An Ottawa family’s approach this week toward their daughter’s suicide has refuelled an important debate about the wisdom of discussing youth suicide openly: Do you go public to raise awareness, or censor reports out of concern for copycat incidents?
The family of 14-year-old Daron Richardson grieved her suicide death publicly “to remove the stigma of pain and fear associated with suicide,” said Roshene Lawson, chaplain of the Children’s Hospital of Eastern Ontario, at the teen’s public memorial on Wednesday.
Ms. Richardson, daughter of Ottawa Senators assistant coach Luke Richardson, died at her home last Friday.
Suicide is the second leading cause of death among 15- to 24-year-olds and among 10- to 14-year-old girls, according to the most recent figures from Statistics Canada. In 2007, 508 youths committed suicide in Canada, with many more attempting it.
Experts say open discussion is healthy and can prevent suicides, but it must be done right – by media and parents in concert.
“You cannot tell a family how to open up or not open up, or reach out in a certain way: They should be allowed to do it in a way that is therapeutic for them and in a way that they feel is meaningful,” said Cheryl Vrkljan, Hamilton-based program consultant for the Centre for Addiction and Mental Health.
“Breaking the stigma surrounding suicide is a very lofty goal and one that starts with talking about it,” said Ms. Vrkljan, who educates professionals about suicide prevention. “However, we must be diligent about the reporting methods and be sensitive to their loss.”
That means skipping the visceral details, while including resources for readers who may be vulnerable.
Some studies insist a correlation exists between reports of suicides and the number of similar deaths that follow. Psychologists call it the “Werther effect” after Goethe’s 1774 novel The Sorrows of Young Werther, in which the hero shoots himself in the head. Young men started copying the protagonist as the novel was released in Europe, prompting some countries to ban the book.
The Canadian Psychiatric Association suggests media reporting of suicides is linked to copycat suicides – among youth and also young adults under 24 years of age.
“Psychological autopsies (reconstruction of lifestyle, circumstances, behaviours and events that led to the death of the individual) suggest that indirect exposure to suicide from the media has been the source for contagion – the process in which one suicide brings about another” – according to the association’s online guide for reporters.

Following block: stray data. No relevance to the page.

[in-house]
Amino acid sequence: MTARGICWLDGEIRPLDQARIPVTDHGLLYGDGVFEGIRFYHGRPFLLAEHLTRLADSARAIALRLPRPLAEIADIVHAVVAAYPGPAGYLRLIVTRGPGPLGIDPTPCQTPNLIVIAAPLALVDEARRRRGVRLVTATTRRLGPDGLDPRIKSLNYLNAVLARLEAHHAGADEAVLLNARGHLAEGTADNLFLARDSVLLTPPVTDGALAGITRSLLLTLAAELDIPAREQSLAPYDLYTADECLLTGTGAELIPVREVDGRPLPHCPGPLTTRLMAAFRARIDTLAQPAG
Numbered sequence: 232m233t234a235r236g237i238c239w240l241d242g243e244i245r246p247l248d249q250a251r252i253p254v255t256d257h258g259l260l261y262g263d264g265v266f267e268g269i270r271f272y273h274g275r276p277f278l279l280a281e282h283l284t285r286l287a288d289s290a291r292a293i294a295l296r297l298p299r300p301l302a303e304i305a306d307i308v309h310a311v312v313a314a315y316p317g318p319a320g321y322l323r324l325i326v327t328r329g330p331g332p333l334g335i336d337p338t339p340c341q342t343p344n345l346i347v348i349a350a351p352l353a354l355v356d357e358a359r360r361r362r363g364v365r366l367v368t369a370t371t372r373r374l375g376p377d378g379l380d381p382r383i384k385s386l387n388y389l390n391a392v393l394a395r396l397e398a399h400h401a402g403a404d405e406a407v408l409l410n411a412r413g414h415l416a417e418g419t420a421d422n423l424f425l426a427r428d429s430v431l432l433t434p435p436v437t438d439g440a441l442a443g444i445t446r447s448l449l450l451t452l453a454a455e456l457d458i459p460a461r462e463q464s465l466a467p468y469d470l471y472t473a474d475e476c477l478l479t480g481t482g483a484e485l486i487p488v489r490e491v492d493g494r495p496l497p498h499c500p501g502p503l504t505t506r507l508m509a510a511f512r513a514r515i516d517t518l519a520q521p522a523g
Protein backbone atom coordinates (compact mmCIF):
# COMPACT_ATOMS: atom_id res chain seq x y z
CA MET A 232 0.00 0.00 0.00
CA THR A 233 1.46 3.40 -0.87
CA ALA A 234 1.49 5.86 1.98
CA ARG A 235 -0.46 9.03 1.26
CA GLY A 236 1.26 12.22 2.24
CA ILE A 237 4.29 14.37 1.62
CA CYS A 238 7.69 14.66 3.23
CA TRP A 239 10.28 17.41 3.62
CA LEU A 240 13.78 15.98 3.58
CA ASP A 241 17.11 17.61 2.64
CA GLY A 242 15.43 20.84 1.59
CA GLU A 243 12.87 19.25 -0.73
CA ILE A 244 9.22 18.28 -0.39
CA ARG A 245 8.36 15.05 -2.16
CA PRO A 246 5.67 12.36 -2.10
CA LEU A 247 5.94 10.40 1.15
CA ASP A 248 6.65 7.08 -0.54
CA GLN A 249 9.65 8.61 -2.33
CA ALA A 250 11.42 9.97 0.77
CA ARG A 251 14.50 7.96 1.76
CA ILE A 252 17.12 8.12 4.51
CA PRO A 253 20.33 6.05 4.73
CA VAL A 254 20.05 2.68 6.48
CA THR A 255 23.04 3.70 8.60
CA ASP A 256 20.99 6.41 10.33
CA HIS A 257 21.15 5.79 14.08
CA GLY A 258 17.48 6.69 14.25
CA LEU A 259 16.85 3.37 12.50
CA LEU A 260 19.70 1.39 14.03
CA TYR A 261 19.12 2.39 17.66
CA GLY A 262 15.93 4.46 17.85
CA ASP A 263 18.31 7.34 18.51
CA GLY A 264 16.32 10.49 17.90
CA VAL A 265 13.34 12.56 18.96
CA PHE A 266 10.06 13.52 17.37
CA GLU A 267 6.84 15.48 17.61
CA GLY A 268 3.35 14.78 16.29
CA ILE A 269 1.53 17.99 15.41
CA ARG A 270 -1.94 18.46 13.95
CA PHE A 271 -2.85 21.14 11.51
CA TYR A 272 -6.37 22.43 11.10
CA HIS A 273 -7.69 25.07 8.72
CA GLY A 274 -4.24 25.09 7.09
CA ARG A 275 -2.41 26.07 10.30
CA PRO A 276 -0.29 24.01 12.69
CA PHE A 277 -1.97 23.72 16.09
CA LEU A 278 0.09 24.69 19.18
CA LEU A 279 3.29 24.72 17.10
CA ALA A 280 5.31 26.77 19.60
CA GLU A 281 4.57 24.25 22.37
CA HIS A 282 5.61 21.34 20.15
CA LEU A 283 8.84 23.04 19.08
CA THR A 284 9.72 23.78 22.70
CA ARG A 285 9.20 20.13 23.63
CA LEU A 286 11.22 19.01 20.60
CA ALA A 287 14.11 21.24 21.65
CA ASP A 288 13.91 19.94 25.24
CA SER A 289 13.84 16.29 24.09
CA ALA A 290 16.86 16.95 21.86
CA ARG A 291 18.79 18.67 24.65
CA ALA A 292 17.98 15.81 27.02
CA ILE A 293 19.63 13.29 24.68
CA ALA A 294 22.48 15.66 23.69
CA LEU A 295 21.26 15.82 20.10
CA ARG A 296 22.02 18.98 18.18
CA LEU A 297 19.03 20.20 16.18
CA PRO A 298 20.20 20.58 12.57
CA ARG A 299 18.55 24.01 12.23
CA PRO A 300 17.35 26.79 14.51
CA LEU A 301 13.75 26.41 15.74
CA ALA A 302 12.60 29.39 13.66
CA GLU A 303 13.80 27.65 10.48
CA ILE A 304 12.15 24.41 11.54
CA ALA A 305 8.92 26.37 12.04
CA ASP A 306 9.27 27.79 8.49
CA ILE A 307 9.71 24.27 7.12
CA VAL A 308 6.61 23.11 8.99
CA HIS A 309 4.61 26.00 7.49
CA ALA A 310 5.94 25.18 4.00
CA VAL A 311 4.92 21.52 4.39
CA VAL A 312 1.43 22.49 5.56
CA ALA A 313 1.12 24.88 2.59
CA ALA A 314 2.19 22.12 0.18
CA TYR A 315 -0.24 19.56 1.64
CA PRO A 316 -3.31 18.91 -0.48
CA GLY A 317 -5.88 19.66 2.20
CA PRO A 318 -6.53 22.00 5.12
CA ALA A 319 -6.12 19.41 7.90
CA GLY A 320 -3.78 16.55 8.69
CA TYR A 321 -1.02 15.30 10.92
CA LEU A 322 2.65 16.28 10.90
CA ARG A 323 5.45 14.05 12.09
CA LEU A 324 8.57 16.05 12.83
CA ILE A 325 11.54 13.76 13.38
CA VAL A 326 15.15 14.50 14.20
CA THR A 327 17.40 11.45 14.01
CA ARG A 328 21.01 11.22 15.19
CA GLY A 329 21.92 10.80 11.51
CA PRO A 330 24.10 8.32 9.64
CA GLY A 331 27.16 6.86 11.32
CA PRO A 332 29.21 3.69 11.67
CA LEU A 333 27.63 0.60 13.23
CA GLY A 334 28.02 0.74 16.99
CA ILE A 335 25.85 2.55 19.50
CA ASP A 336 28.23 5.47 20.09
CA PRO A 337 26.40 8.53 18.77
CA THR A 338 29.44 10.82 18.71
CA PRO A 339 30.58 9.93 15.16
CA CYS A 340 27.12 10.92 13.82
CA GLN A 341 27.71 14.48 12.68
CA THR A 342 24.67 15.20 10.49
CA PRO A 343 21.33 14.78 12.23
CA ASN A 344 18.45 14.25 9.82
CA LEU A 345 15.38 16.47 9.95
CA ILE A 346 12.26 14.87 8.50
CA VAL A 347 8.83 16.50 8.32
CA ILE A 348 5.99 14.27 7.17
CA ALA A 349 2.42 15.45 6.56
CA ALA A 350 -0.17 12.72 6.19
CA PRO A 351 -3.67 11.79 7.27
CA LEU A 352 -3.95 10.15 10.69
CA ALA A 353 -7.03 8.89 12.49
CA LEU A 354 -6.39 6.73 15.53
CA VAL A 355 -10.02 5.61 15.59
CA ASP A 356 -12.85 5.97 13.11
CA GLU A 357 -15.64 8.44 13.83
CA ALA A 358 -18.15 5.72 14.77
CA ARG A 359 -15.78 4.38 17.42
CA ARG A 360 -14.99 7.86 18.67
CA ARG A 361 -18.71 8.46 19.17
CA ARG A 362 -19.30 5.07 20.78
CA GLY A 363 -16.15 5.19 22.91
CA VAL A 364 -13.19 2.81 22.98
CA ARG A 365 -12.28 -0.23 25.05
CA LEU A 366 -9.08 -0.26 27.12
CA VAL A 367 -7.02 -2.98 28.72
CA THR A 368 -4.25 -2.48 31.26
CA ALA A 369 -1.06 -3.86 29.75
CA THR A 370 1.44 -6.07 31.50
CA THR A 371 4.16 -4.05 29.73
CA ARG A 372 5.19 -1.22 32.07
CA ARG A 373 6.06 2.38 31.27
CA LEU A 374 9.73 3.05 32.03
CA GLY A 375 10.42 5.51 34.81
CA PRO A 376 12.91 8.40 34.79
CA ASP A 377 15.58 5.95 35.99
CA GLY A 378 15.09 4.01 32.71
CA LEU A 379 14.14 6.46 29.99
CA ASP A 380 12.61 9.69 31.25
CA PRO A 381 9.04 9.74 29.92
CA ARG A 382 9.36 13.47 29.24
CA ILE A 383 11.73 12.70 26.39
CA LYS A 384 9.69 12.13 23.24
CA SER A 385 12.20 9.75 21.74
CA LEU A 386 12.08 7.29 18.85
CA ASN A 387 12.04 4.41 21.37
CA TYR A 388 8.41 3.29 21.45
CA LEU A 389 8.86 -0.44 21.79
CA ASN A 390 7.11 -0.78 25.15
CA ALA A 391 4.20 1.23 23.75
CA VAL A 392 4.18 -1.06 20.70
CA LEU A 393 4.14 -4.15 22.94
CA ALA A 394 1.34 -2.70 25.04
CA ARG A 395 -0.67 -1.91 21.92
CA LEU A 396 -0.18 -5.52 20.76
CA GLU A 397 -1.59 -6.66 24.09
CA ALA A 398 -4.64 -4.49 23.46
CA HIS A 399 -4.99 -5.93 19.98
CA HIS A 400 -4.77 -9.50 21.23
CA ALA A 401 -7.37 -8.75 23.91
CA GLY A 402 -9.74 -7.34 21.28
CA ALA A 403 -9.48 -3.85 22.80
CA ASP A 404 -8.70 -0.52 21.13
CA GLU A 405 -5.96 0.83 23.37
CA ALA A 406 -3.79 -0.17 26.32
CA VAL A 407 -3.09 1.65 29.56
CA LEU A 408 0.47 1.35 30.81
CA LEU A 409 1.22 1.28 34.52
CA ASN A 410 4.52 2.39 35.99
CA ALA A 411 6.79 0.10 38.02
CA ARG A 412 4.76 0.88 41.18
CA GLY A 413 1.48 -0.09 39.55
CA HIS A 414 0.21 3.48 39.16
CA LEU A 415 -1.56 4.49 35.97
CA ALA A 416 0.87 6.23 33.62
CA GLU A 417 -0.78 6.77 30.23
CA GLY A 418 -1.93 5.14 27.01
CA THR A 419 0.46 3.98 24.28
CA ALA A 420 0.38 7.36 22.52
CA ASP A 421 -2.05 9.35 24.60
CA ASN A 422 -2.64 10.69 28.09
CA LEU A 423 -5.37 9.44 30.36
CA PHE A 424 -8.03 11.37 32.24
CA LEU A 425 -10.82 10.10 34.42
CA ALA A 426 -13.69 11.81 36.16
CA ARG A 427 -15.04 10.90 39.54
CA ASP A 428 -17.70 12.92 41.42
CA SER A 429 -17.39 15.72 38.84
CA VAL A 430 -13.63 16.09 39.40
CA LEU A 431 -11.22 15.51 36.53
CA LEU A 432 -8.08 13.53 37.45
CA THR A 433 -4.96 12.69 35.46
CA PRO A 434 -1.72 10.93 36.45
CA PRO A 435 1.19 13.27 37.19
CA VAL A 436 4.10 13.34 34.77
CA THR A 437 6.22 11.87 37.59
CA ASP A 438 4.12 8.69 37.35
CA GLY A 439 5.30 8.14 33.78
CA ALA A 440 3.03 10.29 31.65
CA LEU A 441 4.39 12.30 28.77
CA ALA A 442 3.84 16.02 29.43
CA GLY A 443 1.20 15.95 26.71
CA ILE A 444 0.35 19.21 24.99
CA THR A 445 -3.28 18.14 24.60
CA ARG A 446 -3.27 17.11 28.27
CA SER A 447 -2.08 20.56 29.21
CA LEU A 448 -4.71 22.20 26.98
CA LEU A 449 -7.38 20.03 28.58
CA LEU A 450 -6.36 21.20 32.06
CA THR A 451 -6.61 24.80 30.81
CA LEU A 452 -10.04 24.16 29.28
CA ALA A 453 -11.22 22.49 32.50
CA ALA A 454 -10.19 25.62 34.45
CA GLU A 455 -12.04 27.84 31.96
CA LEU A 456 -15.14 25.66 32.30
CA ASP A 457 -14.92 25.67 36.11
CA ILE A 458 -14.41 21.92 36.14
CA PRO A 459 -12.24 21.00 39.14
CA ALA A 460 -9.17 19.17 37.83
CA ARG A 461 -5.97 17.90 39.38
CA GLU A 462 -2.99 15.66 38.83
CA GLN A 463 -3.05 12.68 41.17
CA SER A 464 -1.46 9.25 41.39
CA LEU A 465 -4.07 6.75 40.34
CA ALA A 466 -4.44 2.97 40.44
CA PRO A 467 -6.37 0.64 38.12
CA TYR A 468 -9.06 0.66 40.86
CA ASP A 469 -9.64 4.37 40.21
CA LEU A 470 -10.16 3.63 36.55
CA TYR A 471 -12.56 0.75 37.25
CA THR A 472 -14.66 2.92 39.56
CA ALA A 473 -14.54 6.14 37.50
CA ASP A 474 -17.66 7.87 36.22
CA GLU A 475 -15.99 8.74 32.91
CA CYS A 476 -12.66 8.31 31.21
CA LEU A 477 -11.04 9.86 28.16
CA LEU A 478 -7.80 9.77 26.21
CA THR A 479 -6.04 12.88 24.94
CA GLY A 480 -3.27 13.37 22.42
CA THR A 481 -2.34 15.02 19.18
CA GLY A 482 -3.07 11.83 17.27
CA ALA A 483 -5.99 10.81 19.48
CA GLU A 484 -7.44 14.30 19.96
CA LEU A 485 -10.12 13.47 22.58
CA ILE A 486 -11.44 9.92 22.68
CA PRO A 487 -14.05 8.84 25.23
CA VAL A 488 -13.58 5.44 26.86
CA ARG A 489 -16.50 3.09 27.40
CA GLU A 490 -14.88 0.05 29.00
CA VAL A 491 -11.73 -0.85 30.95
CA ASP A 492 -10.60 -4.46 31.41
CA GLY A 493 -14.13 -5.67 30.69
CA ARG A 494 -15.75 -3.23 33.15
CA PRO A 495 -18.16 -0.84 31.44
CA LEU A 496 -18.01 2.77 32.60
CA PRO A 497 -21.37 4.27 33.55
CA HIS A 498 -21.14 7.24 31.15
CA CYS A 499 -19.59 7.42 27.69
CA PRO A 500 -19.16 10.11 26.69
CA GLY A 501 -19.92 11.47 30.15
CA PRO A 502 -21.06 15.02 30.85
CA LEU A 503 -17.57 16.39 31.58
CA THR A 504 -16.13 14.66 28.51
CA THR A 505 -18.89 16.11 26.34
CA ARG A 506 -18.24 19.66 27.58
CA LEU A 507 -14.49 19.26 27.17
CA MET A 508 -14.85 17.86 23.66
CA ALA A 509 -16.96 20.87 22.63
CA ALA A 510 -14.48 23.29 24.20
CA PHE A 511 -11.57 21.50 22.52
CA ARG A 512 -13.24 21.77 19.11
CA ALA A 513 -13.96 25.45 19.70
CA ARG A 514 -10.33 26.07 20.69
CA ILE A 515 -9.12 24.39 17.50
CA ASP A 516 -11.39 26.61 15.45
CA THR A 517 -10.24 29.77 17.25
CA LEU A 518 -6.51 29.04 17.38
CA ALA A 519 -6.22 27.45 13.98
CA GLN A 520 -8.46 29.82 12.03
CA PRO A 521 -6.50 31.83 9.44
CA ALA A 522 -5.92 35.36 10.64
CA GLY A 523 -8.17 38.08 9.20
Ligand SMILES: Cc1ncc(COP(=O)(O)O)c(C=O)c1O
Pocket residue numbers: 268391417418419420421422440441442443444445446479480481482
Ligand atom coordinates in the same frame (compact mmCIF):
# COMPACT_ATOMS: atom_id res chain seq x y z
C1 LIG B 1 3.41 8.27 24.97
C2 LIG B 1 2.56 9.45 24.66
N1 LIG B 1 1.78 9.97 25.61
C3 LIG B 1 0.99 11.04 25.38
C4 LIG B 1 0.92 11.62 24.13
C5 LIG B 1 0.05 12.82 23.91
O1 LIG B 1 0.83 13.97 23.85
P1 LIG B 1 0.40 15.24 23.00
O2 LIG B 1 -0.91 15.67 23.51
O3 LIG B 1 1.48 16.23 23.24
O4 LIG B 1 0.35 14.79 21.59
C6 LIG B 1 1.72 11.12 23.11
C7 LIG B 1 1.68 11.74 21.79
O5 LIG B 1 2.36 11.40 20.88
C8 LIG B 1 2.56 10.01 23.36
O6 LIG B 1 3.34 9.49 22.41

But the association's evidence for contagion is hardly scientific: It cites two newspaper strikes in Detroit and New York during which suicide rates decreased and then increased after the papers resumed publishing.
Clusters of suicides have followed celebrity deaths, The New Scientist reported last October, pointing to a 12-per-cent jump in suicides in the United States in the month following Marilyn Monroe's death in 1962. Kurt Cobain's suicide has also been romanticized, experts say.
But romanticized reports are on the extreme end of the spectrum. On the other end, “a tradition of silence perpetuates harmful myths and attitudes,” reads the website for the Canadian Children’s Rights Council. “It can also prevent people from talking openly about the pain they feel or the help they need.”
In recent years, a number of people have come out in support of the argument that it is better to be public about suicide, and not suppress it for fear of copycat contagion. They include Michael Wilson, former Canadian finance minister and former ambassador to Washington, who lost his son Cameron in 1995.
The Jack Project is another initiative to get the issue into the public forum. Named after an 18-year-old who committed suicide at Queen’s University, the project is an awareness-building foundation, advocating that the stigma around suicide be quashed and providing mental health support for 16- to 20-year-olds.
The council recommends parents talk non-judgmentally about suicide, saying a willingness to listen “can bring relief to someone who is feeling terribly isolated” rather than giving them “permission” to consider suicide as an option, as has been previously thought.
“A direct, straightforward response is most effective. Ask your child if he or she is contemplating suicide; no matter what you hear, try not to be judgmental, shocked or angry.”
By all accounts, Ms. Richardson herself was popular, athletic and a good student at Ashbury College, an elite independent school in Ottawa.
Psychologist Ian Manion is helping students at Ashbury College “make sense of it all.” He is also helping teachers and parents cope this week.
“Parents' main concern is, ‘How do I make sure that my child is okay?’ And teachers, who are on the front line, want to know how to support their students in this situation and longer-term,” said Dr. Manion, executive director of the Provincial Centre of Excellence for Child and Youth Mental Health.
Dr. Manion says he hopes to identify other students who may be at risk.
“There's huge value in [the family's]going public in terms of making this an issue that we have to pay attention to. But now collectively, the community, we have to use this to create safety nets and ongoing conversations for young people.”
He adds: “If we never talk about it, then we contribute to it being a taboo. People can't disclose when they're experiencing severe distress.”
Editor's Note: Michael Wilson is a former ambassador to the United States. James Dean’s death was ruled a car accident. Incorrect information appeared in an earlier version of this article.